TechInAfrica – According to statistics, the unemployment rate in South Africa in the third quarter of 2018 rose to 27.5%. On the other hand, the demand for skills remains high. To address the problem, there should be partnerships to focus more on providing graduates with real-work skills and placement opportunities because that is what the industry needs.
Grant Bennett, the Country Manager, South Africa & Sub-Saharan Africa of SUSE said that the offered solution is not something new anymore since the demand for high skills resources is high.
“However, if we consider that our unemployment rate is a combination of deficient demand for labor, due to the increasingly skills-intensive orientation of the South African economy, and substandard supply, programmes that focus on in-demand skills and provide on-the-job learning are critical. And given that technology is mainly driven by open source innovation and software-services provide a massive market opportunity, championing these become critical,” Bennett said.
Realizing how high the demand is, SUSE opens a graduate program, partnering with Axiz and CTU Training Solutions. The program focuses on providing graduates with open source skills that help to uncover more jobs opportunities for them.
Magda Hanekom, Business Development Manager of Axiz stated: “The industry needs a platform to upskill the future generation with ‘real-world knowledge’ providing an opportunity to increase their worth and productivity in the eyes of any future employer. In fact, these programmes need to go beyond just providing graduates with the necessary skills, but it should pair companies with the right talent for their needs – be it cloud technologies, web technologies, open source, networking technologies, security etc. to harnesses much-needed skills in the interest of the industry as a whole.”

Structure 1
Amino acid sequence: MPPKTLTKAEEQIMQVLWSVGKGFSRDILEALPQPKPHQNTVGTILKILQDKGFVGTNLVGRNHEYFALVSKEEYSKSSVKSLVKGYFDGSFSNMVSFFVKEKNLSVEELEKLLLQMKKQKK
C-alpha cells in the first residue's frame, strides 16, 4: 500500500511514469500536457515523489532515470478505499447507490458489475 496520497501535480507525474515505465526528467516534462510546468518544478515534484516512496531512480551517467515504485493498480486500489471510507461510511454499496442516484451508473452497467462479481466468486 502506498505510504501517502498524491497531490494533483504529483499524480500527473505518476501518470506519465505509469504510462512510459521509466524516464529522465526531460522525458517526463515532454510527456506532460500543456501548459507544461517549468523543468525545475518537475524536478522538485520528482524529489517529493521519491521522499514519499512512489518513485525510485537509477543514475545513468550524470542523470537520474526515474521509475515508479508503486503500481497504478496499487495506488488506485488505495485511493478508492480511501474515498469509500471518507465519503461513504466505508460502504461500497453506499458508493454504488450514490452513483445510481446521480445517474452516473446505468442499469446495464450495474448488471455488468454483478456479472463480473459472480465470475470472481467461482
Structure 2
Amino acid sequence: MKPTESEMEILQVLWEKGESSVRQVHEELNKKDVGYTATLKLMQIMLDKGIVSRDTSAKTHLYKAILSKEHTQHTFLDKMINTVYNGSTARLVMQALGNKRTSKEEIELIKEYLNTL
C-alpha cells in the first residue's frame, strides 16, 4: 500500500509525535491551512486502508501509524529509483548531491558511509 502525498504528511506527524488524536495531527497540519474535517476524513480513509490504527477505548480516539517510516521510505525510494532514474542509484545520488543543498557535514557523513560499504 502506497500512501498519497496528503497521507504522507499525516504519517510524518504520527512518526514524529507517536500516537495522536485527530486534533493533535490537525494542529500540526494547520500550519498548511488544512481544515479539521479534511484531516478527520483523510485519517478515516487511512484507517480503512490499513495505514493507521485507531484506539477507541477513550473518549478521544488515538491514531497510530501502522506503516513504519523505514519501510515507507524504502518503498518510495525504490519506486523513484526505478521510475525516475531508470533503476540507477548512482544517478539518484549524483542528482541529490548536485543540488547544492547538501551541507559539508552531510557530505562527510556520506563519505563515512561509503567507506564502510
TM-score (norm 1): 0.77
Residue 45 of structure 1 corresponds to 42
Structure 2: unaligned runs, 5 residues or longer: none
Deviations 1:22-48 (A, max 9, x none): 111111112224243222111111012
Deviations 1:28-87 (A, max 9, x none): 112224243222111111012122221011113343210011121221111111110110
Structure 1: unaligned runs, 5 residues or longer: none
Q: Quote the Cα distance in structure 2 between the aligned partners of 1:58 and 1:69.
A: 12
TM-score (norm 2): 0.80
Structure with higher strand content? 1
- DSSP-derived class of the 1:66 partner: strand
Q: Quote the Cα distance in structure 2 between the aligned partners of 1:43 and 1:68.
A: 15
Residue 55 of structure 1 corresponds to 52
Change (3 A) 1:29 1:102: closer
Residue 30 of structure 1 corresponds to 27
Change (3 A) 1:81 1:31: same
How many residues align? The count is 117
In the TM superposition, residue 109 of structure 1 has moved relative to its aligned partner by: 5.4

The SUSE graduate program helps its students to upgrade their skills and find a career in open source. The first year of the program has a 90% pass rate while 50% of them are already employed. Meanwhile, the program commits to placing the remaining graduates by early 2019.
“Linux and open source skills and experience are certainly in demand locally, but candidates are hard to come by but with the right programme and committed partners on board, we can start to close the gap,” Hanekom said.
The report on the 2018 Open Source Jobs Report found that open source jobs are currently in high demand. The rate is higher than before. Among the high demand, open source skill is on the top list, meaning that it’s a must for the most entry-level jobs. Furthermore, around 83% of hiring managers prioritize open source talents while at the same time providing their existing employees with open source technologies to further help them to obtain certifications.
“As an industry, we have a role to play and need to focus on ensuring that such training and certification opportunities are highly accessible to everyone who wants to seek them out. It is also for this reason that we will be focusing on 30 learners with no IT background for 2019, where this year’s graduates will act as mentors – ensuring the cycle of support, upskilling and job opportunities continue,” Hanekom concluded.